Street photography can be one of the most accessible genres of photography – after all, you can pretty much do it anywhere, anytime. And the essence of photojournalism/street photography is the summation of emotions, reality, and a story in a single image. You can take good street photos with any lens, but personally I am a big fan of wide angles.
Part of this stems from visual context in an image. The background in a street photograph or a photojournalistic image gives viewers a visual cue as to what is going on. To completely remove the subject from its context may be aesthetically pleasing, but detracts from the visual meaning behind the photograph.
Historically, photographers who have used wider focal lengths for street and documentary work have done so because they show much more context than telephoto lenses, which tend to flatten the background and isolate the subject. Such lenses include the 24mm, 28mm, 35mm and 50mm focal lengths.
One common rookie mistake is to use a wide aperture to blur the background of every image to make it simpler. When I first started serious photography, I was taken by fast aperture zoom lenses and prime lenses. Shallow depth of field sometimes became a crutch.
Shooting with a wide lens has many challenges to creating a great image. Here are five things to note when shooting wide:
1) The Background
In my early days of using wide lenses for street photography, I often ignored any elements of the frame crossing the background. I often had to crop the image significantly, or not use it at all! Getting the background right demands patience and care. You can wait for your background to empty itself before clicking the shutter, or you can use it intentionally to add to the message of your photo.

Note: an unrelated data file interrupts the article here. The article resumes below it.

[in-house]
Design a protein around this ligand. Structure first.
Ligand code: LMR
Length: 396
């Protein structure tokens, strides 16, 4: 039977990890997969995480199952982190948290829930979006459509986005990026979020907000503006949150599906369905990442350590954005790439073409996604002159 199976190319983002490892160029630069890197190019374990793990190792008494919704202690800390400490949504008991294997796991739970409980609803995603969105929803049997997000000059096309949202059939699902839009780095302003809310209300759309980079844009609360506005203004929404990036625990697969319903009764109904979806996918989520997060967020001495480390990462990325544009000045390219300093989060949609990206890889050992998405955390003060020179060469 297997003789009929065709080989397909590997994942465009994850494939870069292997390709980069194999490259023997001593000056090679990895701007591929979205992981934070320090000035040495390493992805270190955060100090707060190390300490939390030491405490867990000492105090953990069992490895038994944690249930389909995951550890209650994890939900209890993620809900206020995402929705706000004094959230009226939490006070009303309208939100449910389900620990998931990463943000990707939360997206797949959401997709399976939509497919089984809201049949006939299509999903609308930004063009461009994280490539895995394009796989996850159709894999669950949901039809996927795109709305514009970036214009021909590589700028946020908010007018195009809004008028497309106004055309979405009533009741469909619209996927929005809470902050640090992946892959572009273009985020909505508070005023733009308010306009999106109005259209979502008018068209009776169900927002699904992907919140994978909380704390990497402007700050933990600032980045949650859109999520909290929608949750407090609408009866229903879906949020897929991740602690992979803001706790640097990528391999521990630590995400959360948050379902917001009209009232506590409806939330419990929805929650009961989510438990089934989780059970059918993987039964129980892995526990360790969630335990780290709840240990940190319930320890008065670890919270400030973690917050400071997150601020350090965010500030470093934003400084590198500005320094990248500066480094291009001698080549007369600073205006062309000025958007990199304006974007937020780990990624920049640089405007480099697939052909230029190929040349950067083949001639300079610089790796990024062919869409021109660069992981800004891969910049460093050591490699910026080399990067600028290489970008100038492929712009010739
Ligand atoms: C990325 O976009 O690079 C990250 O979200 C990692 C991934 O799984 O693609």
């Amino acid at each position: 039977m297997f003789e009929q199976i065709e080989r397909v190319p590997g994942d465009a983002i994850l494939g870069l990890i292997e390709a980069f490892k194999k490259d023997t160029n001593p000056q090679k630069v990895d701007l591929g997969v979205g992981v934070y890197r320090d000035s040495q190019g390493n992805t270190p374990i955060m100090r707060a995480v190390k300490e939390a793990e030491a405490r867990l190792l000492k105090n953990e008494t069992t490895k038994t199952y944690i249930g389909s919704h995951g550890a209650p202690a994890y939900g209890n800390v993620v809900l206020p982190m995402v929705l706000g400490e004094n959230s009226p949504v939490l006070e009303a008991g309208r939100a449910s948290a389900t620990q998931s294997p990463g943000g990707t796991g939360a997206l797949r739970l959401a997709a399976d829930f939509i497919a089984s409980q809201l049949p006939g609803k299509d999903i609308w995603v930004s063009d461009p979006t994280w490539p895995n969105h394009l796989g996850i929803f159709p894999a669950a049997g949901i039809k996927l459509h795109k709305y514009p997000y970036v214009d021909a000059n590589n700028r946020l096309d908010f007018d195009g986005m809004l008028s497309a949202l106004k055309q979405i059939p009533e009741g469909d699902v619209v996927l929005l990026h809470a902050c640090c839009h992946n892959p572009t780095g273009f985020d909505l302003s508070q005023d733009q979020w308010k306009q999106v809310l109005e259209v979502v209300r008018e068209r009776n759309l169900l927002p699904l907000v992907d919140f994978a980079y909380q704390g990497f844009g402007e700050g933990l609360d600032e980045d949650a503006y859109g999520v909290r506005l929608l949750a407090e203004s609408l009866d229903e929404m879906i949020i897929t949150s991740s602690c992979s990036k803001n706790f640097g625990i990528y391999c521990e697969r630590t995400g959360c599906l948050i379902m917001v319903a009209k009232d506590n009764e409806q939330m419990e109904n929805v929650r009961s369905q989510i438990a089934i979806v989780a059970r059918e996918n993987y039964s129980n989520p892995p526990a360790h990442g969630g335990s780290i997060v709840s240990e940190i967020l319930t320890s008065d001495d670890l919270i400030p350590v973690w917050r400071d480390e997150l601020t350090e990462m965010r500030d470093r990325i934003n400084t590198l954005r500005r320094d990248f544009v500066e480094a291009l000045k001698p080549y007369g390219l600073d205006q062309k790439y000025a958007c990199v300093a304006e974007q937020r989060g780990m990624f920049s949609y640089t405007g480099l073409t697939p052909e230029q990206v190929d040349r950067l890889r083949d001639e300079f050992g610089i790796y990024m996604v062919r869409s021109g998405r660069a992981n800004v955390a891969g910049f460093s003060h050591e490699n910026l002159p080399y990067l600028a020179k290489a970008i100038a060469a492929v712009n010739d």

The nature of wide angles is that more elements will appear in the image – so, there needs to be more care and discipline in using those elements constructively.
2) Stretching and Subject Distortion
Often, since you are so close to your subject with a wide angle lens, you will see your photo stretch and distort toward the edge of the frame. Take that into consideration if you don’t want your subject to look like an alien! In my experience, any focal length wider than 24mm equivalent has this tendency to stretch human subjects beyond reality, since a photo’s perspective is very exaggerated when you are so close to what you’re photographing. If your subject is in the center or farther away in the frame, this may not matter as much.
3) Composition, Alignment, and Lines
Similarly, the alignment of elements in your frame can appear to change when using wider focal lengths. Be mindful of any lines in the composition. While it is harder with a wide angle lens to maintain straight-looking lines in the background, it is achievable with care.
Though it is best to get it right in camera, Adobe Lightroom’s perspective correction tool can often rescue images, albeit with some crops or pixel interpolation. If using a zoom lens, barrel distortion may also be prevalent. Try to find ways in the composition to hide that, or correct it later at the expense of some cropping in post-processing. A simple shift of a few inches can change the image when shooting with a wider lens.
4) Including More Elements
The effect of shooting wide can also allow you to include more elements in the picture. This leads to a greater relationship between the subjects and their surroundings.
5) Depth of Field
With a wider lens comes more depth of field, and less ability to blur the background. At a focusing distance of 3-4 feet, for example, almost an entire scene can be sharp if shot with a 24mm lens. While this lends itself well to storytelling, isolation is sometimes an issue. Get closer to your subject if you need to get some isolation, and use a wider aperture. Even then, you will see more detail in the background than with more of a telephoto or long focal length.
Shooting wide can be a fun way to shake up your photojournalism or street photography. If you try it, I think you will find it very enjoyable!
Thank you to Photography Life reader Alvin Ho, based in Singapore, for submitting this article as part of our 2018 guest post contest. You can see more of Alvin’s work at his website.